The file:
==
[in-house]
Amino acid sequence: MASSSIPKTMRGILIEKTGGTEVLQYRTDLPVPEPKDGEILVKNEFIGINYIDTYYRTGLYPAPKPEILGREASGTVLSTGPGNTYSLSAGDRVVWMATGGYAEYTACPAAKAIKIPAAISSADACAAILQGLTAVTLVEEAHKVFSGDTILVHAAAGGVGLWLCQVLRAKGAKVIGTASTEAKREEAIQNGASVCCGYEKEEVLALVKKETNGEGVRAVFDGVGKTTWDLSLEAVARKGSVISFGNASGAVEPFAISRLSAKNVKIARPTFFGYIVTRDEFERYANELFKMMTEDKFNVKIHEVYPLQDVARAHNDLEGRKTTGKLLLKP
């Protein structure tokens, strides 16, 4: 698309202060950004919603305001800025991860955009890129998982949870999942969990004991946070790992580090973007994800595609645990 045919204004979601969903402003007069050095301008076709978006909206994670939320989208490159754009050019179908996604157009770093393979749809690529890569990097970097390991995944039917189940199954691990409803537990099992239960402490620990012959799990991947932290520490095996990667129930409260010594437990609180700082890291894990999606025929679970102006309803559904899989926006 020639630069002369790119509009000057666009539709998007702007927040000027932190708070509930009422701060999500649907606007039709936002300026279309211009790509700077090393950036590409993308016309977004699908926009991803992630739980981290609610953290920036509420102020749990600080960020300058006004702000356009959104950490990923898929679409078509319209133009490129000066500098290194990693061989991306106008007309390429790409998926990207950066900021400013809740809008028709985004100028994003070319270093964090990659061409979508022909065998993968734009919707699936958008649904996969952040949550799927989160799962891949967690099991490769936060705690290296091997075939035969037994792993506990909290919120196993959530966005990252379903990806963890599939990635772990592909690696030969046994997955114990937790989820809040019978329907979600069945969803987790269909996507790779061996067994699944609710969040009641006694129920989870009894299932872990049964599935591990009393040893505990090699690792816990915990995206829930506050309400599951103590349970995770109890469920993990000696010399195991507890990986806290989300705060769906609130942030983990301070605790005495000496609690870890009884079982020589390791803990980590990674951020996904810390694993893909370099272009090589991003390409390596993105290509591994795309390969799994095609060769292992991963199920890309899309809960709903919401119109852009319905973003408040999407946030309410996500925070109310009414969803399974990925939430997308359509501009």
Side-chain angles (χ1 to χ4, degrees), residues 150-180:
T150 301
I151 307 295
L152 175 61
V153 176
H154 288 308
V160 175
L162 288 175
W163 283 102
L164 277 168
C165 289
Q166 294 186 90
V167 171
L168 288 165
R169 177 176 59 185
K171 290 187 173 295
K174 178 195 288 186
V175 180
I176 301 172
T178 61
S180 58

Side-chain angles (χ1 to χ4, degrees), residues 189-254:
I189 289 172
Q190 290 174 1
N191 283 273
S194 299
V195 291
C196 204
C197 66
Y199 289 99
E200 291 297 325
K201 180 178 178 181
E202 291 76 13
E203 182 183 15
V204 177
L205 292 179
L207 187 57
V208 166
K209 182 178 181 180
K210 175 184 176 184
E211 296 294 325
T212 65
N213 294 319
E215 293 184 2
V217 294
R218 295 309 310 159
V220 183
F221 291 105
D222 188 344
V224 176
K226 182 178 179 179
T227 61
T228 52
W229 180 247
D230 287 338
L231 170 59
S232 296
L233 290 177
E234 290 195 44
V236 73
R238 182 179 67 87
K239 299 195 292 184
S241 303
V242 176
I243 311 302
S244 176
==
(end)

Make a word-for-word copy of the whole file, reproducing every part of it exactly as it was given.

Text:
[in-house]
Amino acid sequence: MASSSIPKTMRGILIEKTGGTEVLQYRTDLPVPEPKDGEILVKNEFIGINYIDTYYRTGLYPAPKPEILGREASGTVLSTGPGNTYSLSAGDRVVWMATGGYAEYTACPAAKAIKIPAAISSADACAAILQGLTAVTLVEEAHKVFSGDTILVHAAAGGVGLWLCQVLRAKGAKVIGTASTEAKREEAIQNGASVCCGYEKEEVLALVKKETNGEGVRAVFDGVGKTTWDLSLEAVARKGSVISFGNASGAVEPFAISRLSAKNVKIARPTFFGYIVTRDEFERYANELFKMMTEDKFNVKIHEVYPLQDVARAHNDLEGRKTTGKLLLKP
């Protein structure tokens, strides 16, 4: 698309202060950004919603305001800025991860955009890129998982949870999942969990004991946070790992580090973007994800595609645990 045919204004979601969903402003007069050095301008076709978006909206994670939320989208490159754009050019179908996604157009770093393979749809690529890569990097970097390991995944039917189940199954691990409803537990099992239960402490620990012959799990991947932290520490095996990667129930409260010594437990609180700082890291894990999606025929679970102006309803559904899989926006 020639630069002369790119509009000057666009539709998007702007927040000027932190708070509930009422701060999500649907606007039709936002300026279309211009790509700077090393950036590409993308016309977004699908926009991803992630739980981290609610953290920036509420102020749990600080960020300058006004702000356009959104950490990923898929679409078509319209133009490129000066500098290194990693061989991306106008007309390429790409998926990207950066900021400013809740809008028709985004100028994003070319270093964090990659061409979508022909065998993968734009919707699936958008649904996969952040949550799927989160799962891949967690099991490769936060705690290296091997075939035969037994792993506990909290919120196993959530966005990252379903990806963890599939990635772990592909690696030969046994997955114990937790989820809040019978329907979600069945969803987790269909996507790779061996067994699944609710969040009641006694129920989870009894299932872990049964599935591990009393040893505990090699690792816990915990995206829930506050309400599951103590349970995770109890469920993990000696010399195991507890990986806290989300705060769906609130942030983990301070605790005495000496609690870890009884079982020589390791803990980590990674951020996904810390694993893909370099272009090589991003390409390596993105290509591994795309390969799994095609060769292992991963199920890309899309809960709903919401119109852009319905973003408040999407946030309410996500925070109310009414969803399974990925939430997308359509501009």
Side-chain angles (χ1 to χ4, degrees), residues 150-180:
T150 301
I151 307 295
L152 175 61
V153 176
H154 288 308
V160 175
L162 288 175
W163 283 102
L164 277 168
C165 289
Q166 294 186 90
V167 171
L168 288 165
R169 177 176 59 185
K171 290 187 173 295
K174 178 195 288 186
V175 180
I176 301 172
T178 61
S180 58

Side-chain angles (χ1 to χ4, degrees), residues 189-254:
I189 289 172
Q190 290 174 1
N191 283 273
S194 299
V195 291
C196 204
C197 66
Y199 289 99
E200 291 297 325
K201 180 178 178 181
E202 291 76 13
E203 182 183 15
V204 177
L205 292 179
L207 187 57
V208 166
K209 182 178 181 180
K210 175 184 176 184
E211 296 294 325
T212 65
N213 294 319
E215 293 184 2
V217 294
R218 295 309 310 159
V220 183
F221 291 105
D222 188 344
V224 176
K226 182 178 179 179
T227 61
T228 52
W229 180 247
D230 287 338
L231 170 59
S232 296
L233 290 177
E234 290 195 44
V236 73
R238 182 179 67 87
K239 299 195 292 184
S241 303
V242 176
I243 311 302
S244 176